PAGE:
Published April 13th, 2022
Letters to the editor
Election integrity

In this era of concern about election integrity, it is critically important that voters in Contra Costa County pay close attention to this year's election for Contra Costa County Clerk-Recorder-Registrar, our county's top election official. For the first time in 18 years, there is a contested election for this position and it's imperative that we elect a leader with the ethics, integrity and experience to do the job. Kristin Connelly is that leader.
Kristin has had a longstanding interest in election integrity that started when she was a law student and served as a non-partisan poll monitor helping people experiencing problems voting. Kristin saw first-hand the lengths some interests will go to suppress the vote, including fraudulent signs directing voters to a non-existent polling place and a fake "MySpace" page targeted at college students erroneously stating that members of one party voted on Tuesday and members of the other major party were supposed to vote the day after the election, on Wednesday.
Misinformation about voting and elections is a threat to our democracy. Kristin believes that transparency about the elections process and battling misinformation about how to vote will be critically important to maintaining confidence in the integrity of our elections - and our democracy.
Kristin is an East Bay native, who returned from a prestigious career on the East Coast to raise her family in Lafayette. Kristin's leadership skills have greatly benefitted Lamorinda and Contra Costa County. She is the CEO of the East Bay Leadership Council, the Executive Director of the Contra Costa Economic Partnership and a Trustee on the Acalanes Union High School District Governing Board.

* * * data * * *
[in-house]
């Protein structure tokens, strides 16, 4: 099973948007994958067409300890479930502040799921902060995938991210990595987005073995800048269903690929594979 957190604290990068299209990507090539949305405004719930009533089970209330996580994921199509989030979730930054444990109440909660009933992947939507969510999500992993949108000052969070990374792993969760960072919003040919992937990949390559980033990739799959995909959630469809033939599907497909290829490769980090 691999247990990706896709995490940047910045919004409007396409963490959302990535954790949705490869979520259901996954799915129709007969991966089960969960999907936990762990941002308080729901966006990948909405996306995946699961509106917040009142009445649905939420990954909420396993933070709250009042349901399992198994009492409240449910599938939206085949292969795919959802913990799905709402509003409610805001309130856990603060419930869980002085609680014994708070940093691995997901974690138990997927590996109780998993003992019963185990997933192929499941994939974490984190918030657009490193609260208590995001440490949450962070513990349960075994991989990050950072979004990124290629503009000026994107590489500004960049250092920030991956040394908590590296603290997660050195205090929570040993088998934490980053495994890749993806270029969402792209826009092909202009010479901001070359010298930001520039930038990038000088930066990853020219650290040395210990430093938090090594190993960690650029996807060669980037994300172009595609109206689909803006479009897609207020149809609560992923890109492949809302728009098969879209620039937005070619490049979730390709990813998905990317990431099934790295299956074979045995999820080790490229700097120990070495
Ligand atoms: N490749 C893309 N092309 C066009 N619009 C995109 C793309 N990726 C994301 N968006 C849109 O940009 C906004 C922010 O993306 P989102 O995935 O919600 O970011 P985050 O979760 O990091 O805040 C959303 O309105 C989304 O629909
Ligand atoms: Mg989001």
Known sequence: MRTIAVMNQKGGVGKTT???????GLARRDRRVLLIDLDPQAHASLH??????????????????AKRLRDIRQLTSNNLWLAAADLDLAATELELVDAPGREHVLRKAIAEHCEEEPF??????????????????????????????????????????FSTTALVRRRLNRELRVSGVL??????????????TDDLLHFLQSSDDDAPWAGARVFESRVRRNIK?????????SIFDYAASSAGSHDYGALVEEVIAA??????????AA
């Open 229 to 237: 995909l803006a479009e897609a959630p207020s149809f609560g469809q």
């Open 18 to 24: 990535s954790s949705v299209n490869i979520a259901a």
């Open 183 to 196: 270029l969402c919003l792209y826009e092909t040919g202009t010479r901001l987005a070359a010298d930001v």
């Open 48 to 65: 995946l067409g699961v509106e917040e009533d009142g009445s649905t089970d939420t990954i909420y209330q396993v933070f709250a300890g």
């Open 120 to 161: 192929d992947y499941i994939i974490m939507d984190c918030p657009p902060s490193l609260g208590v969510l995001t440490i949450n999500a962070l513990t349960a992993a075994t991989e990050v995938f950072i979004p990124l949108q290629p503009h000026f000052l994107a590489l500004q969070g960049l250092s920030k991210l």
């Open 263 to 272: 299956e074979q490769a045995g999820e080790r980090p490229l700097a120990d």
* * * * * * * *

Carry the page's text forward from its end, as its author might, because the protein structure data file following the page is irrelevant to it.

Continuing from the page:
I urge voters to take the time to learn more about this important office and to vote for Kristin Connelly for Contra Costa County Clerk-Recorder-Registrar in the June 7 primary election.

Rachel Zenner Kane

Orinda's Draft Housing Element Proposes Gas Station Monopoly

Orinda's Draft Housing Element proposes that all of the local gas stations, as well as Orinda Motors, be replaced with housing, except for the Chevron station. A monopoly would be created. Also, residents would need to drive out of town to get their vehicles serviced or smog checked. One can only wonder whether this has anything to do with Chevron's "second donation of $5,000" to Friends of Orinda Creeks.
news#e46b43c3-aaf6-47df-a55d-abace80e0b15 As some of you know, the 1,400 long "daylighted" segment of San Pablo Creek is a pet project of several council members, and of a small but vocal minority of residents; less than 50% of residents according to a scientific poll. See Table 5-4 (page 133-34) and Figure 5-3 (page 135). Orinda Motors (sites DPP-1 and DPP-8, Mash Gas (DPP-31), 76 (DPP-33), and Shell (DPP-36) are listed as potential housing sites in the Draft Housing Element The Chevron station, 11 Orinda Way, is not listed as a site for housing.

Nick Waranoff

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